"The problem is, most of the time guys like this don't follow through on the kooky things they say. They talked big tonight about how they would like to replace all the white paper in town with pink paper, so that people would stare at it all day, then see the world in shades of green…"

"That one was particularly kooky. And, hey, someone paid attention to the color wheel in art class."

"Something tells me they won't follow through on that threat," CJ finished. "Then again, Ross didn't have that look in his eye when he said that."

"We know enough to believe that they'll say or do something incriminating at some time, though, right?" Laura asked, bringing nods from her brothers.

"Armstrong talked about getting started at his new job soon," CJ said. "One guess as to where that is."

"Someone needs to follow him. It would save you the work of hunting him down from the inside," Jon said. Both Jon and CJ looked toward Laura, who put up her hands defensively in response.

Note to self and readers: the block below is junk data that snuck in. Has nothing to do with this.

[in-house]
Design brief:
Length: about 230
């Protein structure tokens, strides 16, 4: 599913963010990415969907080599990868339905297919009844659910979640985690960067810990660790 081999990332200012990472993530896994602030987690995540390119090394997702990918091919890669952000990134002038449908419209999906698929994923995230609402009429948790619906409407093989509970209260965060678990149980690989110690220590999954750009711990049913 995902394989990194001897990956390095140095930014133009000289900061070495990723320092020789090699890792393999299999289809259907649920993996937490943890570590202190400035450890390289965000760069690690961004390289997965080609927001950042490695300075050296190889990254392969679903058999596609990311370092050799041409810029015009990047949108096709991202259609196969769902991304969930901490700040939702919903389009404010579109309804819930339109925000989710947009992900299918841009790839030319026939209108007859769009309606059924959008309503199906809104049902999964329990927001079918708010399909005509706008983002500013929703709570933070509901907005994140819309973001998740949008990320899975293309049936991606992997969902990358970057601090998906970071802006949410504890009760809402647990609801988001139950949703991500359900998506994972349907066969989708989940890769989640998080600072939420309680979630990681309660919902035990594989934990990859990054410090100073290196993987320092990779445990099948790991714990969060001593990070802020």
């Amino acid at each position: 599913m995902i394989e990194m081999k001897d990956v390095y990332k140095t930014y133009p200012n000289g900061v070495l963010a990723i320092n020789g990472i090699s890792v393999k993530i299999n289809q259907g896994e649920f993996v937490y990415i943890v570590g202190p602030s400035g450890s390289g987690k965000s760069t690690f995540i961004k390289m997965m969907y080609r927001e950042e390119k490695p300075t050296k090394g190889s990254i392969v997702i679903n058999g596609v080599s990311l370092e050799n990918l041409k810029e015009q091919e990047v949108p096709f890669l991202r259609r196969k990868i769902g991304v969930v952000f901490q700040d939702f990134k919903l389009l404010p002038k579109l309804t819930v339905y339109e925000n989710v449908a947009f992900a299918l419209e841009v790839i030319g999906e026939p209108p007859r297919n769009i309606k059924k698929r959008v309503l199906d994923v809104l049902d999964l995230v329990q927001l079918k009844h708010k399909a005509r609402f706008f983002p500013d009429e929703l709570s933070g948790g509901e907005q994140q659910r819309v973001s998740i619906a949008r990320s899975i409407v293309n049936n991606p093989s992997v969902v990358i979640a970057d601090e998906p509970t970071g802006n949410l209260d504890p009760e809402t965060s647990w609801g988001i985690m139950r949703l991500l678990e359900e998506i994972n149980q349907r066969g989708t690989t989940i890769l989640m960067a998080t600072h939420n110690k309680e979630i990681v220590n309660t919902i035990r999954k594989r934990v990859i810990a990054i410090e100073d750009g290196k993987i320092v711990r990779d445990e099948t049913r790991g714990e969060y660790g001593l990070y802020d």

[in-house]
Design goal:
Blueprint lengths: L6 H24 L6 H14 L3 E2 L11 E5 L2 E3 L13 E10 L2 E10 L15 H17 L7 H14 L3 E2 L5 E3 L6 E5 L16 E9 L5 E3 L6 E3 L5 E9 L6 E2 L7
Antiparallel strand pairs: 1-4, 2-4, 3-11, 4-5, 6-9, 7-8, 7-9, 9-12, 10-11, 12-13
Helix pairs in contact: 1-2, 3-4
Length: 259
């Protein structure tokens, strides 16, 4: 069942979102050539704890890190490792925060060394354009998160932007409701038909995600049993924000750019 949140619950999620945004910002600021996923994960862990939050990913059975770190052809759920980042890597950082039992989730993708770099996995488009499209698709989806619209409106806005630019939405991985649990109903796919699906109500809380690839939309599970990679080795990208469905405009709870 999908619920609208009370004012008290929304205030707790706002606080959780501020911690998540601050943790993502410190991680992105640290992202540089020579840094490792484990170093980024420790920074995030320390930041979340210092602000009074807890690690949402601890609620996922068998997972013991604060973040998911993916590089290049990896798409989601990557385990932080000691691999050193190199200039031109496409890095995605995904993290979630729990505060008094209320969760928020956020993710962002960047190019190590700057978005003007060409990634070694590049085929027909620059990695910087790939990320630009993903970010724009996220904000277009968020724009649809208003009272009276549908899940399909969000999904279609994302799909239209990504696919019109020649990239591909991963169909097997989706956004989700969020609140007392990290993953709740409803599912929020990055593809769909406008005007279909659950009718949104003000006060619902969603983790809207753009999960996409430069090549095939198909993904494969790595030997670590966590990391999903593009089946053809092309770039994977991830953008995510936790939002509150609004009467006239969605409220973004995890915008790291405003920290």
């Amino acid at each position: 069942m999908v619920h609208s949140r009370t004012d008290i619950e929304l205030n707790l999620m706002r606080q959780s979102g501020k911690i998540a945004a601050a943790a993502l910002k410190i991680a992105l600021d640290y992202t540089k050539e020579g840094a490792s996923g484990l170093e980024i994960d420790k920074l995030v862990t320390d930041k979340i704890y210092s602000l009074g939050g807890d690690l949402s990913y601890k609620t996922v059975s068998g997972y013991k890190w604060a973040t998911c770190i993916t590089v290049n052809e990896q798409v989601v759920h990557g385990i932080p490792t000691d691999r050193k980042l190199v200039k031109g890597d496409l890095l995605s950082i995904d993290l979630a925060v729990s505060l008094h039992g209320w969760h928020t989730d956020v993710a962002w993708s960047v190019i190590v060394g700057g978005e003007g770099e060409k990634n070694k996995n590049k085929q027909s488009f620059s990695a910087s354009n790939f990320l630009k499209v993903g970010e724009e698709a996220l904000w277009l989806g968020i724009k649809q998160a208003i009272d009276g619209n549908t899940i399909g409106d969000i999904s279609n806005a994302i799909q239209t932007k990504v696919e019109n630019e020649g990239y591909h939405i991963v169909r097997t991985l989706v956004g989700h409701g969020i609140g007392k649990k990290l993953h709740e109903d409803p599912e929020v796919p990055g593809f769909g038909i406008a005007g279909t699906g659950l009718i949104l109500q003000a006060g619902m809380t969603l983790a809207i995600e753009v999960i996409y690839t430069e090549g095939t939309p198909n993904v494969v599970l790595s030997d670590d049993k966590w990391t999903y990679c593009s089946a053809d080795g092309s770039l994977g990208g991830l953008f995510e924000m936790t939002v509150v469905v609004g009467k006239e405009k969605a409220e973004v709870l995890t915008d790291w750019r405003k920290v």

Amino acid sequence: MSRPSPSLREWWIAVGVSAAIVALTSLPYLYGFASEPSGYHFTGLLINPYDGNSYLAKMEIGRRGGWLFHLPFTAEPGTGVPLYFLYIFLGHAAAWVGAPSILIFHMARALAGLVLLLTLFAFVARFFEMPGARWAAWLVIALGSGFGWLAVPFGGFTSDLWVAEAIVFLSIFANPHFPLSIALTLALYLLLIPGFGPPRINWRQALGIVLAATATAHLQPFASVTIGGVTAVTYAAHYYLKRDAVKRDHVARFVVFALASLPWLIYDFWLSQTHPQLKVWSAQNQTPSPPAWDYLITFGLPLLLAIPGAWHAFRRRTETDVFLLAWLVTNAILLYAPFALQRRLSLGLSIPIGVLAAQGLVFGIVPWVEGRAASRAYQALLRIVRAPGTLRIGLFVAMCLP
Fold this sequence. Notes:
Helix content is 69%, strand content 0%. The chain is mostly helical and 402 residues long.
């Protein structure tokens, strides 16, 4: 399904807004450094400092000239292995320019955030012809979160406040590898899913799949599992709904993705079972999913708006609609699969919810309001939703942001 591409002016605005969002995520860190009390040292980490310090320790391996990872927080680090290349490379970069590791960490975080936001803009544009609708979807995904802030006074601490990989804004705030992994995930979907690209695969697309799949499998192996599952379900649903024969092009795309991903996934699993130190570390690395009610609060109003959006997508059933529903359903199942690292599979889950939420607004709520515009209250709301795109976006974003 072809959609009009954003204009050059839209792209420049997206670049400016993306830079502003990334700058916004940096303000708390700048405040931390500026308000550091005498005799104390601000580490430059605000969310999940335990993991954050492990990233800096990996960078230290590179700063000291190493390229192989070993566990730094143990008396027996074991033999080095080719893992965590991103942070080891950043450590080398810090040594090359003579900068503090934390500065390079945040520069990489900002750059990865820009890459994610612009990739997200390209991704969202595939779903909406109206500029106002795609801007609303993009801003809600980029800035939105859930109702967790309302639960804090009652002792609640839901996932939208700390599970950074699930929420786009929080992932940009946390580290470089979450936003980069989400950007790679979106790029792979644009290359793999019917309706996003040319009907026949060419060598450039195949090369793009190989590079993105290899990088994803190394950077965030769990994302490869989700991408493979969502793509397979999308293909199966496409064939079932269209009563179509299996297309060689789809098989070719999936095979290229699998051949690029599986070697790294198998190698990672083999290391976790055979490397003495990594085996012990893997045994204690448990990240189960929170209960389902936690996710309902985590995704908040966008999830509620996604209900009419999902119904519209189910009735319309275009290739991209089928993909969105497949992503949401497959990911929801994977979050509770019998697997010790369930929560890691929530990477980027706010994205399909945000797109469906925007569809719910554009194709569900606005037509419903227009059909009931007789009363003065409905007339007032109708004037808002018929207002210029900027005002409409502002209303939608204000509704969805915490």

"There are two guys to watch and only one of me. If they're both as dangerous as you guys say, then I can't go after one and not the other." As she spoke, Laura crossed her arms in front of her and looked at Jon, raising her eyebrows. There were other super-powered beings in town who could manage such a chore, and Jon apparently knew it.

"Don't look at me like that," he said, his tone light. "I have a boss who expects me in the office first thing in the morning. Besides, this is your investigation," he said, looking toward CJ.

"You're right," CJ said evenly. He didn't appear to be frustrated or upset at the situation, a fact that bothered Laura for a moment, until she saw that, although he still appeared to be looking at her, his eyes weren't really on her. He was looking past her, she realized. As she was about to look over her shoulder, CJ held up his hand and pointed into the distance. "I think I know someone who will help us out."